Whole. South. Side.

Dust bunnies scratched weak scream claw marks down
the hallway.

No milk in a new house,
third this year, another cupboard empty.
June is a terrible month to move,
made easier when you lack clothes and furniture.
The new cockroaches were smaller.
The new neighbors mutter "poor white trash"
under their breath, never to our faces.
They don't mean it as hurtful or angry,
they only mean we were pitiful.
They smile with sad eyes and treat us like
a man whose wife cheats on him.

There is no way to tell someone they have been forgotten.


Gibson takes it all on in Harvest the Dirt - poverty, race, violence, drugs, country music and so on.   He does it with the slow grace of a poetic Richard Pryor.  Saint Richard of Pryor never passed a pipe he didn't like and was the best straight-up stand-up there has ever been.  We here at Today's book of poetry like to make big proclamations just to see who is listening.

Wil Gibson is a slap and a caress, not always in equal portions.  Poetry like this can make you squirm in your seat and that is a good thing.  A damned good thing.

Wil Gibson by Vanessa Vrtiak
Wil Gibson

Wil Gibson was born from a good idea and a bottle of bourbon and raised in some of the poorest communities northern Illinois and eastern Arkansas have to offer. He is a proud, mistake-prone, father of four.

Harvest the Dirt is the fuck-you-listen-to-me reminder that life is real, and raw, and constantly in a state of push and pull and break. Gibson doesn’t need metaphors to talk about drugs and despair and life. There’s no hidden meaning. This is not a collection of self-help pieces. He’s not going to tell you that anything will ever be better. What Gibson will do though is craft a guide of real-world, worst-case scenarios, so that maybe you’ll give a damn about yourself, or the world around you, or art, or whatever it is to which you yearn to cling. This is Jim Carroll and William Burroughs meets George Carlin and Sam Kinison in a dark alley for an I’ll-raise-you-a-story kind of raw. This is not a book of poetry; this is an experience.—Chris Margolin, The Poetry Question
Harvest the Dirt is a gritty, relentless testament to the survival song that is Wil Gibson. Each poem is a bloody ride out of the city that birthed you; a psalm in the name of recovery; an open window on a stormy day somewhere in the middle of this country. This book is filled with a man’s truth and, while it isn’t always pretty, that truth never apologizes.—Carrie Rudzinski, author of The Shotgun Speaks and The History of Silence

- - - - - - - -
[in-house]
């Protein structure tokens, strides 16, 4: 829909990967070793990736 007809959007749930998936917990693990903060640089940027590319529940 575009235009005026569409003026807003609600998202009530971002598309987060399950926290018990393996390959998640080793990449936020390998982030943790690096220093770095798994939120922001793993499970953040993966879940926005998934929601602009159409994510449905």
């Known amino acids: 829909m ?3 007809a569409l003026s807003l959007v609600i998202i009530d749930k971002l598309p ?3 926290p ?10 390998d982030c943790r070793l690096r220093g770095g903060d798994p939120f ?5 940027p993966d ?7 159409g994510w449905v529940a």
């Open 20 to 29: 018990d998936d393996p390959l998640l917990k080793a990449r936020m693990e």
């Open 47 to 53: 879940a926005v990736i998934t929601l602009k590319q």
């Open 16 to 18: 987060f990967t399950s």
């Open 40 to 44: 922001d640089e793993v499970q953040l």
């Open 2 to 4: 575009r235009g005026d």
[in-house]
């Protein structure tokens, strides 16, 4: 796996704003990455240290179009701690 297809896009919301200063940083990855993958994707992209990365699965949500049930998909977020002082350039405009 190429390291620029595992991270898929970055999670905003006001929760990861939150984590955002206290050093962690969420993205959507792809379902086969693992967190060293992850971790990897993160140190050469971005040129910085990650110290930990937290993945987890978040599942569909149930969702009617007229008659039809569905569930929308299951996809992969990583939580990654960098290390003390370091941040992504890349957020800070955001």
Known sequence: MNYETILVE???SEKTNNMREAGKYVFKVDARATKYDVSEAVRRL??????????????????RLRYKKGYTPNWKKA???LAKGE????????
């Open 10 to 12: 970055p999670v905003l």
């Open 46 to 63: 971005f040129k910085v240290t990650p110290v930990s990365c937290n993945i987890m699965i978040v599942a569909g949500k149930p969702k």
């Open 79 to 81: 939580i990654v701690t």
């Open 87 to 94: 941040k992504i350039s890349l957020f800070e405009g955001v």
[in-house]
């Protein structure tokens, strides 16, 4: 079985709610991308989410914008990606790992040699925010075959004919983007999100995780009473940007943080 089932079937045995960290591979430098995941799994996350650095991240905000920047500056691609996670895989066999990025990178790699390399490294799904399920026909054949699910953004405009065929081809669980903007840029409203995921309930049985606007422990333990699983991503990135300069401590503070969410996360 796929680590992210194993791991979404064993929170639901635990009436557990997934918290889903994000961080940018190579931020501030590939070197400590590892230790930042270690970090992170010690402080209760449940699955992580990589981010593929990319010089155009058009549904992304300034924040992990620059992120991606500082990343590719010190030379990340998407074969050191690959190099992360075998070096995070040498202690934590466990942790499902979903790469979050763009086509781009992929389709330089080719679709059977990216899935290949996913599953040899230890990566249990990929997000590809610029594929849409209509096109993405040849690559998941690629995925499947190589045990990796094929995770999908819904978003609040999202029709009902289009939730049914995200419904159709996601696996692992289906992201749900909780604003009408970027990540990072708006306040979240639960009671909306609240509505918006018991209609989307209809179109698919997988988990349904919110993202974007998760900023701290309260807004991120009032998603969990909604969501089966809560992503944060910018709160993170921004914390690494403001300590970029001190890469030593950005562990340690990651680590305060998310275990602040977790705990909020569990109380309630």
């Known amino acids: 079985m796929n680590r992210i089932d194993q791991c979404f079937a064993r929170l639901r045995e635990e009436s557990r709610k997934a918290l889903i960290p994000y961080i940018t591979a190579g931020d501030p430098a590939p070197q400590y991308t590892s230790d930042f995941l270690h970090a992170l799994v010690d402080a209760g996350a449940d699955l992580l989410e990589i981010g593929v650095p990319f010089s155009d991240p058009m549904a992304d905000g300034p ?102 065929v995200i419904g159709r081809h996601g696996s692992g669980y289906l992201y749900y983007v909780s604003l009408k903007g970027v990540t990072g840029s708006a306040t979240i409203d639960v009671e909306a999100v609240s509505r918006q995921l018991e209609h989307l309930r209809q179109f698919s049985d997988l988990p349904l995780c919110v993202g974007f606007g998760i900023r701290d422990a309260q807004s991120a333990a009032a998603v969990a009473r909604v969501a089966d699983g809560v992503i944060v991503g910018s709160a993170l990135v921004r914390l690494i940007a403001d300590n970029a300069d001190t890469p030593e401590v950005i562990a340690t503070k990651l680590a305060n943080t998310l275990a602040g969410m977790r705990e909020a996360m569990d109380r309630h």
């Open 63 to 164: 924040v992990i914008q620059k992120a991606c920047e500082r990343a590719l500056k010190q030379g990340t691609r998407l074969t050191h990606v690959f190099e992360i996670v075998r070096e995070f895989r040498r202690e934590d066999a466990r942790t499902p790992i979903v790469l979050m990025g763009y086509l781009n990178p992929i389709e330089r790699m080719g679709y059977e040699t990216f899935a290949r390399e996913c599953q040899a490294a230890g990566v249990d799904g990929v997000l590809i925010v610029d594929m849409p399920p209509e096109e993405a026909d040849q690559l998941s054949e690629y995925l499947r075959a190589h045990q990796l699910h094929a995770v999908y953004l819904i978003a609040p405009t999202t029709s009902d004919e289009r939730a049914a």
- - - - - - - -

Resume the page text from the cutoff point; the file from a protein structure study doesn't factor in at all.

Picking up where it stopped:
Here, now, in 2015, there is an eye on race, southern culture, and the relationship between the two that is as focused as I remember it being. That eye is large, and general. Wil Gibson’s Harvest the Dirtis specific, and on the street. But no less large. Harvest the Dirt is proof that country music doesn’t need a fiddle, a pedal steel, or even sounds at all. All country music needs is a heart breaking or a heart trying to mend, and a bent ear. Enjoy the listen.—Justin Wells, singer / songwriter
Full of should-have-saids and self portraits, Wil Gibson’s newest collection gives a vivid look at the life he has lead. It is harsh. It is visceral. Most importantly, it is truth. Harvest the Dirt captures the purest of moments and the most honest of self-reflections through remembrances and images of an universal truth about the America we live in. It is an insightful read of contemporary poetry in an unrestricted and accessible tongue.—Katrina K. Guarascio, Swimming with Elephants Publications
Wil Gibson
(NPS 2015)
video: Button Poetry